China’s Supreme Court this week set penalties for violating recent prohibitions against engaging in cryptocurrency transactions.
Engaging in “illegal fundraising” — the Chinese government’s term for a category of offenses that includes using cryptocurrency — encompasses transactions using “the internet, the media, promotion conferences, leaflets, mobile phones information and other means to publicize it to the public,” the announcement states, according to a Google translation of the official web page.
The penalty, according to China’s Supreme Court, in many cases should be a prison sentence of at least 10 years and a fine valued Thursday (Feb. 24) at $79,100.
When Chinese authorities announced Sept. 24 that cryptocurrency banking transactions were illegal, no fixed punishments were attached to violations.
The rationale for the law, authorities stated at the time, was that “virtual currency trading hype activities have risen, disrupting economic and financial order, breeding illegal and criminal activities such as gambling, illegal fundraising, fraud, pyramid schemes, and money laundering, seriously endangering the safety of people’s property.”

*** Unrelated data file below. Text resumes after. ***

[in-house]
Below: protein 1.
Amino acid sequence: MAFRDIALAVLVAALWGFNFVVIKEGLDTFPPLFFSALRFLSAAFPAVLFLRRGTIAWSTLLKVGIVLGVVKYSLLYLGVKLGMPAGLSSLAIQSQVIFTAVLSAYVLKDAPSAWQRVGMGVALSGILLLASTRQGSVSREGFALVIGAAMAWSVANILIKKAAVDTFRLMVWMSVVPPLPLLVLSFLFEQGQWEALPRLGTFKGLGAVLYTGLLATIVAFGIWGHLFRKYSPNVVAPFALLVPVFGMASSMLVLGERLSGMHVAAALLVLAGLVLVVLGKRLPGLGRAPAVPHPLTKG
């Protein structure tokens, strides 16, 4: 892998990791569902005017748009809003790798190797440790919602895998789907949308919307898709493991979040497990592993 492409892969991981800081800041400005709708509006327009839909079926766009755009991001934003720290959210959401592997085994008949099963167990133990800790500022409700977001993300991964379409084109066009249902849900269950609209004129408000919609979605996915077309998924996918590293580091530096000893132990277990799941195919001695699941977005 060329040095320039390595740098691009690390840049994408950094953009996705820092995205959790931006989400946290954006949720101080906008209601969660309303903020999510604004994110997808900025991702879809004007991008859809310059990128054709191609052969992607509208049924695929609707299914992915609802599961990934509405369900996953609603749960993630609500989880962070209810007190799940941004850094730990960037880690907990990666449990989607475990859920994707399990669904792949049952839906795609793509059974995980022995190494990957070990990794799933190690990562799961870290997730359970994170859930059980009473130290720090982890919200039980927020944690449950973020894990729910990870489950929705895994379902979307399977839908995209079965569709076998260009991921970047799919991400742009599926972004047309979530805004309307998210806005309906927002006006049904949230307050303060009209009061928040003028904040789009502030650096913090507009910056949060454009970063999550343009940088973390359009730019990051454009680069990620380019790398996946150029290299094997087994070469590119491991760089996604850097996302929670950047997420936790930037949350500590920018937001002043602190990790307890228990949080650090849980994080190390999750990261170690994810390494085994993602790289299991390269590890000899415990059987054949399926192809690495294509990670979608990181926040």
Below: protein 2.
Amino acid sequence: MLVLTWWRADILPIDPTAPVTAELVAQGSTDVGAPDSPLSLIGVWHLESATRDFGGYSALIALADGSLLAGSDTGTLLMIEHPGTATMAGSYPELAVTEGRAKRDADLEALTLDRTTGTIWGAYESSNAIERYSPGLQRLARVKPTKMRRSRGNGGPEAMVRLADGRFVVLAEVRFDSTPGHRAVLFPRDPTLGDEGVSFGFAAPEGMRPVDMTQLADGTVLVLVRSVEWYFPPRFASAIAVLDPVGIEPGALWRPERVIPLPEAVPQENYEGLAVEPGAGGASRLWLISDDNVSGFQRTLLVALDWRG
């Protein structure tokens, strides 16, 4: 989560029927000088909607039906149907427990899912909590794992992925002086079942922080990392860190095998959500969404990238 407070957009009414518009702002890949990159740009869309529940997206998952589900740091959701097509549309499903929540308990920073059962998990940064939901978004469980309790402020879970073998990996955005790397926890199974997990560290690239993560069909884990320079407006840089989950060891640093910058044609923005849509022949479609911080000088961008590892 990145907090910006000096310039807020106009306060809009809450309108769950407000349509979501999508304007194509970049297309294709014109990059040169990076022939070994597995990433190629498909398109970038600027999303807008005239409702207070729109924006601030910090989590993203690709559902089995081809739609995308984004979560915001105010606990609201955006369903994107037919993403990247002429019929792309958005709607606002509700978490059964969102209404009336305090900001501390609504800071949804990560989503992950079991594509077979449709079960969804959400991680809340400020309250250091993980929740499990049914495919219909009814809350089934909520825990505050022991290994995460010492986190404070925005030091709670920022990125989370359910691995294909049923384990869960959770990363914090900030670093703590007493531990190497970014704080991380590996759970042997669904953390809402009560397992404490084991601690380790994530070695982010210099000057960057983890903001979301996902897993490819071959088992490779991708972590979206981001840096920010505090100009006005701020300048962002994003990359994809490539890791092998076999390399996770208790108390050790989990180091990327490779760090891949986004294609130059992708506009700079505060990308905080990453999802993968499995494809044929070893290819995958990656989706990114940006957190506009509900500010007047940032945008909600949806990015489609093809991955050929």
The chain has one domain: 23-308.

The Chinese Supreme Court, in explaining the reasoning for the firm sentences for people caught engaging in cryptocurrency, listed similar reasons.
While the September 2021 law applies to foreign people or entities on the other side of cryptocurrency transactions with people in China, such offenses do not appear to have been listed in the penalty schedule issued this week.
Further complicating matters, Chinese regional governments appear to treat crypto-related enterprises differently. Cryptominers can be in favor in one place at one time and then out of favor in the same place another time or in a different place at the same time.